Congresswoman Maloney Calls Out Failure of Meatpacking Industry to Adequately Protect Its Workforce During the COVID-19 Pandemic
WASHINGTON, DC — At today’s Select Subcommittee on the Coronavirus Crisis hearing titled “How The Meatpacking Industry Failed The Workers Who Feed America,” Congresswoman Carolyn B. Maloney (D-NY), Chairwoman of the Committee on Oversight and Reform, criticized the meatpacking industry’s failure to adequately protect its workforce throughout the coronavirus pandemic.
During her questioning, Congresswoman Maloney stated: “Meatpacking facilities were the sites of some of the first and largest outbreaks of the coronavirus in the nation. Thousands of essential meatpacking workers were infected, falling ill in disproportionately large numbers compared to workers in other industries. Many of these workers were compelled by their employers to be at work, even when they were feeling sick, as we heard in this testimony.”
Chairwoman Maloney then asked Ms. Rose Godinez, Interim Legal Director, American Civil Liberties Union of Nebraska: “I understand you represented workers in a lawsuit to address the safety conditions in meatpacking plants. Why did the workers you represented feel so unsafe going to work?”
Ms. Godinez answered: “There are a number of reasons why the workers didn’t feel safe, but first of all they understood that this was an airborne virus, that by standing shoulder to shoulder, elbow to elbow, they were going to contract the virus and distancing was not only not available on the line, but it was also not available in the break rooms and the cafeteria rooms. They have a very limited amount of time to go get in the break room, take of their protective gear, and I’m not talking about COVID-19 protective gear, in locker rooms where the lockers are stacked on top of each other. You’re changing clothes right on top of another worker. And then you go into the cafeteria and you’re only separated by a very thin, flimsy barrier and you’re taking off your mask, you’re eating right in front of others. And then the other reason why workers felt unsafe is simply because they kept seeing their coworkers not coming back the next day. And sometimes they didn’t come back at all. And only discovered someone had passed away because of a Facebook GoFundMe page. And overall there was a lack of transparency. There was no contact tracing. They didn’t know if they had been exposed. They didn’t know if they were exposing their children or family members. So they knew they were risking their lives by going into the meatpacking plants and that was an unnecessary risk.”
Chairwoman Maloney then turned to Ms. Debbie Berkowitz, Practitioner Fellow, Kalmanovitz Initiative for Labor and the Working Poor, to explain how the meatpacking industry contributed to community spread of the coronavirus, especially early in the pandemic, asking: “How did meatpacking plants drive coronavirus infection rates into surrounding communities—particularly rural communities?”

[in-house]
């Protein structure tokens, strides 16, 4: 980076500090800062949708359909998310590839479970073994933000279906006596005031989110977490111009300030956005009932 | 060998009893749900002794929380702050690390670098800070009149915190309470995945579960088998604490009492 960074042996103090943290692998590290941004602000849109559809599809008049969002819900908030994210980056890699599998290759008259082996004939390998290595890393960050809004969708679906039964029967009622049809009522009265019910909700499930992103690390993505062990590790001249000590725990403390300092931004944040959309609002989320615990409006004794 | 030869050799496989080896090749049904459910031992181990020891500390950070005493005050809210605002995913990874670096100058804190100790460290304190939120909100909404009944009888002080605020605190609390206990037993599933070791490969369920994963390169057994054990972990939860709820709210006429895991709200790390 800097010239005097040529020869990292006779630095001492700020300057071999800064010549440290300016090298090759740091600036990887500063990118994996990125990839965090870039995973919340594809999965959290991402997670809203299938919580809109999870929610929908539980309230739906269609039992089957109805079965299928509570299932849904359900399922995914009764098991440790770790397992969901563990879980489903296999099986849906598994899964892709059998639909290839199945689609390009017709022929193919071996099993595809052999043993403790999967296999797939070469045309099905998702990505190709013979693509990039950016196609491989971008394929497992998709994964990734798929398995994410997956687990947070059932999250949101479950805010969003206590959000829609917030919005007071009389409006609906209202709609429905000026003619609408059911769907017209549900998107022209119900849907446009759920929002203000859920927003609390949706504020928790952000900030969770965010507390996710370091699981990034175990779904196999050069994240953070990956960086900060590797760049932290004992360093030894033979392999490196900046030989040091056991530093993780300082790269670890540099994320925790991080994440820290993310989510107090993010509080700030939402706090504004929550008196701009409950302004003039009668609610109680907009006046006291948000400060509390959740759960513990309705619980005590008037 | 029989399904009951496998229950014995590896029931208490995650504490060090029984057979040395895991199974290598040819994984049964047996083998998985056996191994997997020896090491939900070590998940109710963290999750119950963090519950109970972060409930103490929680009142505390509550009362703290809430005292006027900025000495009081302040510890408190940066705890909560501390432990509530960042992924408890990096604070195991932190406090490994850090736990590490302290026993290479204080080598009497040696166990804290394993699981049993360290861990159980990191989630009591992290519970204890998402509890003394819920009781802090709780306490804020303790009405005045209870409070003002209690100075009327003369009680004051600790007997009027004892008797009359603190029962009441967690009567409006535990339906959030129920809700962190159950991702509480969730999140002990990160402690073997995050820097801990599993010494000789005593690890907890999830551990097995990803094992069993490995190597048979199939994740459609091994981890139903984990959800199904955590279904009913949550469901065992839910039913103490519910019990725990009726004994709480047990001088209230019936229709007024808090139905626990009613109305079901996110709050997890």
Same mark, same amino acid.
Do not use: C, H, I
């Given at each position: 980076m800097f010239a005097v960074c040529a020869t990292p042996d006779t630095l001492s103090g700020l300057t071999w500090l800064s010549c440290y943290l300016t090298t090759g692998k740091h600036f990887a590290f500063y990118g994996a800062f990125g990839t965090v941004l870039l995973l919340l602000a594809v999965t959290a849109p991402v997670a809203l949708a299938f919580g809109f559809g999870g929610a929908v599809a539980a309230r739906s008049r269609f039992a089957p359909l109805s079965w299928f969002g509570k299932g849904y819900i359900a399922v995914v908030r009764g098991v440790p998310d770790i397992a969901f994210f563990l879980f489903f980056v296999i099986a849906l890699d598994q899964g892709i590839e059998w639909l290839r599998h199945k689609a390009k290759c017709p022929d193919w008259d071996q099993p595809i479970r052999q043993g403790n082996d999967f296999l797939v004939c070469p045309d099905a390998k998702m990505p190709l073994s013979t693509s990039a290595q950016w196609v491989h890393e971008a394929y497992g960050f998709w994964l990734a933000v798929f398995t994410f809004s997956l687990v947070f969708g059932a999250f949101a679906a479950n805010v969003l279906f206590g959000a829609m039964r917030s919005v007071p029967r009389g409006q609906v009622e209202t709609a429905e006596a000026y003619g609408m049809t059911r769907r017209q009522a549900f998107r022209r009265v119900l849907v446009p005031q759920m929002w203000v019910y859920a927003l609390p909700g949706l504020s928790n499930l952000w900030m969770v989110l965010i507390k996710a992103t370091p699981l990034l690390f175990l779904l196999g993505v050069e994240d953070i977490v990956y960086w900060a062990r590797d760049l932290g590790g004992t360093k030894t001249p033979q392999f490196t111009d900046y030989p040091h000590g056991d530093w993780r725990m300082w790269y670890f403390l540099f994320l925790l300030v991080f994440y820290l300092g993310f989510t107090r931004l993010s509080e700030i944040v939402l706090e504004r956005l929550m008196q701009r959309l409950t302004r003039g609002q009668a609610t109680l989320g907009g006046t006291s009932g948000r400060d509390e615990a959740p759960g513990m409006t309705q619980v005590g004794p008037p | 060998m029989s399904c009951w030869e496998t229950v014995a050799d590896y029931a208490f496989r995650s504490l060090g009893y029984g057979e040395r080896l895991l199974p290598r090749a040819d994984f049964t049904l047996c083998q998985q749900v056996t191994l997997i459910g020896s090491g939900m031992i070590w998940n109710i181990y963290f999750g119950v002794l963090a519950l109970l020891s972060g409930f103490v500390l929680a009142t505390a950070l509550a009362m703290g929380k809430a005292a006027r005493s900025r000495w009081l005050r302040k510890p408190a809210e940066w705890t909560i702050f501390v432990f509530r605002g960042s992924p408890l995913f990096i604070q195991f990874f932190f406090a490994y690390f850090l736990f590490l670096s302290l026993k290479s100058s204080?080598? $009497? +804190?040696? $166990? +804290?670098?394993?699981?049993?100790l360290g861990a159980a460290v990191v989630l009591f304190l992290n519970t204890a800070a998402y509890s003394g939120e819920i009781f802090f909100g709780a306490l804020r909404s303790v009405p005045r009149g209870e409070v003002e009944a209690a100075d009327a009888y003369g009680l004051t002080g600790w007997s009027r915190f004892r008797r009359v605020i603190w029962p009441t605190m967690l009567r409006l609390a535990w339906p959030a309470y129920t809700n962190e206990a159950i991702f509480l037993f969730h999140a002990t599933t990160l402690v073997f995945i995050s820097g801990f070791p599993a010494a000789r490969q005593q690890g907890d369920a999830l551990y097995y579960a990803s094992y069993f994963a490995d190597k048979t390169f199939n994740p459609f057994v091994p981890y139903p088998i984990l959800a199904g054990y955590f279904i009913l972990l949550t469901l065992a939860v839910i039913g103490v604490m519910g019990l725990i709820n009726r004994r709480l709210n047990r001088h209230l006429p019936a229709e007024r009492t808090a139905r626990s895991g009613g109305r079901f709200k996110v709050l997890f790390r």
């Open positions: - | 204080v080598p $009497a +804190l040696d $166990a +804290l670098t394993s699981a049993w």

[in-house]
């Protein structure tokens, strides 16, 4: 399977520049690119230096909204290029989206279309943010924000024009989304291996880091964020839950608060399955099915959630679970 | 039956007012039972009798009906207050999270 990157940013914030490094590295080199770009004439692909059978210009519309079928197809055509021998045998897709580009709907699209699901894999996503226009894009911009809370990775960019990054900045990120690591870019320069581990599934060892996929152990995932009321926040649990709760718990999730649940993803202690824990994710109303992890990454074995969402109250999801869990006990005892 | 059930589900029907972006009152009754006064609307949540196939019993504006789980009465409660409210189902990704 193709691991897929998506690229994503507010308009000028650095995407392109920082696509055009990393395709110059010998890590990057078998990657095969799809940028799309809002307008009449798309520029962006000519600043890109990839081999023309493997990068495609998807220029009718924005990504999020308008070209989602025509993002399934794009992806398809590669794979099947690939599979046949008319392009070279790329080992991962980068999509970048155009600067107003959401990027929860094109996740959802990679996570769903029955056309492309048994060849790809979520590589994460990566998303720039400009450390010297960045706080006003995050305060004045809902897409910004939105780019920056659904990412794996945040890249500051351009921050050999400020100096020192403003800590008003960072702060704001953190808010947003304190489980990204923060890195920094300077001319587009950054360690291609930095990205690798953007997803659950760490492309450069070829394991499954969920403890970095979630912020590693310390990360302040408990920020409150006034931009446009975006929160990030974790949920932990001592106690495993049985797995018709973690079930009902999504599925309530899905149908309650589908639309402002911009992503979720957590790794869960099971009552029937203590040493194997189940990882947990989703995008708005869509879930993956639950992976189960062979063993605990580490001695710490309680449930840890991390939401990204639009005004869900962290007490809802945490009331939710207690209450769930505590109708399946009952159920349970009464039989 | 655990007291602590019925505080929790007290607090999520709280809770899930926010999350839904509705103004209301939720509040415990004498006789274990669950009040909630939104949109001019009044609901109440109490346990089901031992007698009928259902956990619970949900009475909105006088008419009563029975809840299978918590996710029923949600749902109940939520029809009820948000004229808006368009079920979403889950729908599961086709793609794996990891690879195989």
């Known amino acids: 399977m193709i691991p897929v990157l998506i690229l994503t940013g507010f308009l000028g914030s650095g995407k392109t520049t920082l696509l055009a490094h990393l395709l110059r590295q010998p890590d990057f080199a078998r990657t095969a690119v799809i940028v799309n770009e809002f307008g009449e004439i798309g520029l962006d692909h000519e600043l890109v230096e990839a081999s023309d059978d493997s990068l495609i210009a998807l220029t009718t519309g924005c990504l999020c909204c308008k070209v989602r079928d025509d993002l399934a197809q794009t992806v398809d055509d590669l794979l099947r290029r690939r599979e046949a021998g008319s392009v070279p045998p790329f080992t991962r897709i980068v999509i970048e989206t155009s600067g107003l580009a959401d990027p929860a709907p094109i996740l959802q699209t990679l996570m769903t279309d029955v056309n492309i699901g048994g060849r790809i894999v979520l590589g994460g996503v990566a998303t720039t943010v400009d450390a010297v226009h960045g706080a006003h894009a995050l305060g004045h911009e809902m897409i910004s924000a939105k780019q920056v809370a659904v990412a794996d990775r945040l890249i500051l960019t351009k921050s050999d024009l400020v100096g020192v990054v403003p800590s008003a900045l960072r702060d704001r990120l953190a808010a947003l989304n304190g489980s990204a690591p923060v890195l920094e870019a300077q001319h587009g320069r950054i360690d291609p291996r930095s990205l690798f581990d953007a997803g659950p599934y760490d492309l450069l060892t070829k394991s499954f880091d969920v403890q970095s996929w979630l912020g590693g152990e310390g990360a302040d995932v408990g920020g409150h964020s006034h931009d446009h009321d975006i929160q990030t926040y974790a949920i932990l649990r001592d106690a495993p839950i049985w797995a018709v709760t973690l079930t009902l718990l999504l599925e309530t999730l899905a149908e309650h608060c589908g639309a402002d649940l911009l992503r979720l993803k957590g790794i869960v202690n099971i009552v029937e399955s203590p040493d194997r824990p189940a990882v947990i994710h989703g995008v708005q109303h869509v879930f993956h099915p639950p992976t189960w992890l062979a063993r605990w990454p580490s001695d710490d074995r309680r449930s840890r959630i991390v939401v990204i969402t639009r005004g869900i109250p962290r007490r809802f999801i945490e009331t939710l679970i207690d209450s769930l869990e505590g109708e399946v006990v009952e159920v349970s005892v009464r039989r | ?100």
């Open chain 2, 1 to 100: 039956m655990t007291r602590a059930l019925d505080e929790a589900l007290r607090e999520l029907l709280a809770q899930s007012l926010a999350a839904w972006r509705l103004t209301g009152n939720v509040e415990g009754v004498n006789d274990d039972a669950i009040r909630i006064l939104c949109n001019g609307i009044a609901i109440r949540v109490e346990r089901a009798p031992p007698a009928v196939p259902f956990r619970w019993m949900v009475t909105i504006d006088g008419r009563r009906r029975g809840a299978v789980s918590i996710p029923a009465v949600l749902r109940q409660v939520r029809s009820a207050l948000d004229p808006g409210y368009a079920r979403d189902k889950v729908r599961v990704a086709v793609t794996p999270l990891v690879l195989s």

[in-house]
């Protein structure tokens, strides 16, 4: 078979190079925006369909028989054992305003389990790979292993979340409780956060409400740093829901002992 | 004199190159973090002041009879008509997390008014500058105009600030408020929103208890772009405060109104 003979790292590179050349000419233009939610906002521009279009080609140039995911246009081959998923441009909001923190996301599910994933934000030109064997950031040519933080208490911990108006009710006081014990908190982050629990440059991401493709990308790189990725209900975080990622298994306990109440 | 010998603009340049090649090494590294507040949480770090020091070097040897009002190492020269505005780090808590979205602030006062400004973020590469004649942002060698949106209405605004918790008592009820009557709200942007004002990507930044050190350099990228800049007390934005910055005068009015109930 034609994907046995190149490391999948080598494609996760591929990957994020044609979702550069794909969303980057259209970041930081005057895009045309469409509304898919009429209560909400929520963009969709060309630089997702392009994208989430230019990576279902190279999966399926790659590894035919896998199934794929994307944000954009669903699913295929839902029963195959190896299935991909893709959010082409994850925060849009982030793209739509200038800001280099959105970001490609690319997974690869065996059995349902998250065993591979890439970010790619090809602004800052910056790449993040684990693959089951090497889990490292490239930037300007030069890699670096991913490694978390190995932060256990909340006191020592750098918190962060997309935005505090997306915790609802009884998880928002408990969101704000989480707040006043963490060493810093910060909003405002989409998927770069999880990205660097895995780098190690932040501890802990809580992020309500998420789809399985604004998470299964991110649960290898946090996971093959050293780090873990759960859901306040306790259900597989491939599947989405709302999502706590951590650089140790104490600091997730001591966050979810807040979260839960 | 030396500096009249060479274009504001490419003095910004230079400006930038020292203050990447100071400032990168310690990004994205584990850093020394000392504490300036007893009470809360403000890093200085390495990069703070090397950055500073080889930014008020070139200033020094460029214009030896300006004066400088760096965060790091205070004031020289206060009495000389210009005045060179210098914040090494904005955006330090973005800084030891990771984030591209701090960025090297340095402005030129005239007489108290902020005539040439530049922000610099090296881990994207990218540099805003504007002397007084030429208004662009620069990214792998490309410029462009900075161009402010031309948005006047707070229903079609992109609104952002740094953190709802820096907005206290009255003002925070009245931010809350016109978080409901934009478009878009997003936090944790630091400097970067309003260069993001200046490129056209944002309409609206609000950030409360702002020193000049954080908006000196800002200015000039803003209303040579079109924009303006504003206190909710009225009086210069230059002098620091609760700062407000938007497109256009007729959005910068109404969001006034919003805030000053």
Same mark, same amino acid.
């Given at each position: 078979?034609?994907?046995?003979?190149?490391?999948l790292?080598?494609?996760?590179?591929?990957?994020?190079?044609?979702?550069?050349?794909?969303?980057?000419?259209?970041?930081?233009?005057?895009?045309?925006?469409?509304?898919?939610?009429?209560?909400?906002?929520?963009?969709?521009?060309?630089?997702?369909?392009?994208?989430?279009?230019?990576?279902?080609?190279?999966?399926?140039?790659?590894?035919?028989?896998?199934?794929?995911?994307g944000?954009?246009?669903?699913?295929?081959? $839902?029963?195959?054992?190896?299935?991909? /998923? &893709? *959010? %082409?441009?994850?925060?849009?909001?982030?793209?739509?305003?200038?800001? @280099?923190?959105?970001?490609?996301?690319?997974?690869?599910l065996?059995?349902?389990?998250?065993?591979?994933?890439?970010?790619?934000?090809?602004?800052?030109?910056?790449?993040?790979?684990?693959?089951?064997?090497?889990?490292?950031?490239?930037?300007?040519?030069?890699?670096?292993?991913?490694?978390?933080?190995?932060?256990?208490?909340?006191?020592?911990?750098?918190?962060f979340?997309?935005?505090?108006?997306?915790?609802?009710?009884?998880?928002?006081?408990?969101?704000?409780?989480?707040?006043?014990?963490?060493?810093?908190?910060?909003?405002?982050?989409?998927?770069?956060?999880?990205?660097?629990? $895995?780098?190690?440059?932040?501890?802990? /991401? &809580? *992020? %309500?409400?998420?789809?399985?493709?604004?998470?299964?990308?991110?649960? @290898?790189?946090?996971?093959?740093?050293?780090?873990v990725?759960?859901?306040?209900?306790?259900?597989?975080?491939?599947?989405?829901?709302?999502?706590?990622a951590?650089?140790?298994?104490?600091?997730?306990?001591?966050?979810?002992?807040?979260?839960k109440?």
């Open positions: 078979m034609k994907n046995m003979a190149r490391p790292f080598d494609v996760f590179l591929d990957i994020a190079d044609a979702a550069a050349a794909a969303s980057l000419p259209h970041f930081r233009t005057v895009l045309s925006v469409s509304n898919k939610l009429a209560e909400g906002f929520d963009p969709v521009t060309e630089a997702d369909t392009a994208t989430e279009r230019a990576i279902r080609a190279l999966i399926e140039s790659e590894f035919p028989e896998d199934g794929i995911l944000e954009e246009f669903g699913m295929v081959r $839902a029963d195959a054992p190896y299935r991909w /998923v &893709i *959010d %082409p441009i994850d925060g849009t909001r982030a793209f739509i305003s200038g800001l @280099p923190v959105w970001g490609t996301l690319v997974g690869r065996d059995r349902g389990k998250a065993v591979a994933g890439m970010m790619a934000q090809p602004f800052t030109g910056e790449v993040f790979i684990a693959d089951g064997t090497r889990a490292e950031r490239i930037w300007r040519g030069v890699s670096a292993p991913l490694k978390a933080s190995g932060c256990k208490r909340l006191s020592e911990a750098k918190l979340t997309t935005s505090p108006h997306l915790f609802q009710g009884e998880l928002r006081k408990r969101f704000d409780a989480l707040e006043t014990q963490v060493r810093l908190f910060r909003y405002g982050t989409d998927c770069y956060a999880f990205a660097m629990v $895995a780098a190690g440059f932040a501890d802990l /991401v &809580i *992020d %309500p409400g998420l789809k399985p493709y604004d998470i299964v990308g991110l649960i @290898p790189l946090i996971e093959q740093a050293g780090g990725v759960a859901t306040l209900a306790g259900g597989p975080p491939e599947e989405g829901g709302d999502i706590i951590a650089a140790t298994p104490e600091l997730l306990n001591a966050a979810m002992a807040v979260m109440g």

Ms. Berkowitz responded: “We know from the beginning of this pandemic that workplace exposures were significant drivers of spreading the coronavirus out into the communities. In meatpacking plants, especially in that plant in Smithfield, in Sioux Falls, South Dakota, it whipped like wildflower among the workers and then they brought it back home to their family members who got sick, who infected other people in the community. That’s sort of how it happened. And I want to make it clear that the only reason we even know that this virus was spreading the way it did is that the children of the Smithfield workers and the local union actually sort of started talking about it to the newspaper. The children of the Smithfield workers actually formed a Facebook group because their parents were too scared to speak out. And so there have been study after study showing that you know, the numbers now which are so staggering are just the meatpacking workers themselves. But there’s an exponential component to what the real effect of the industry’s failure to mitigate the spread of COVID in their plants is with the spread in the community. I mean, rural communities were hit incredibly hard because the meatpacking industries and their hospitals were overwhelmed.”
Finally, Chairwoman Maloney asked Mr. Martin Rosas, President, United Food and Commercial Workers Local 2, to explain the actions his union took to demand increased worker protections, stating: “Mr. Rosas, in April of 2020, you called on meatpacking companies to slow their line speeds to guarantee safe, social distancing between workers. Why did you make this demand, and did the meatpacking companies comply? Did they respond appropriately to your demand?”
Mr. Rosas replied: “They were open to have a discussion on slowing the line speed. However, as soon as President Trump invoked the Defense Production Act on distancing, some of the employers such as Seaboard Foods in Oklahoma, which is not mentioned quite often in this whole investigation, they ramped up the line speed. They increased the line speed. So we didn’t get a very positive response based on the fact that I feel protected by the administration, and the OSHA negligence to protecting these workers.”
You can watch the full exchange here.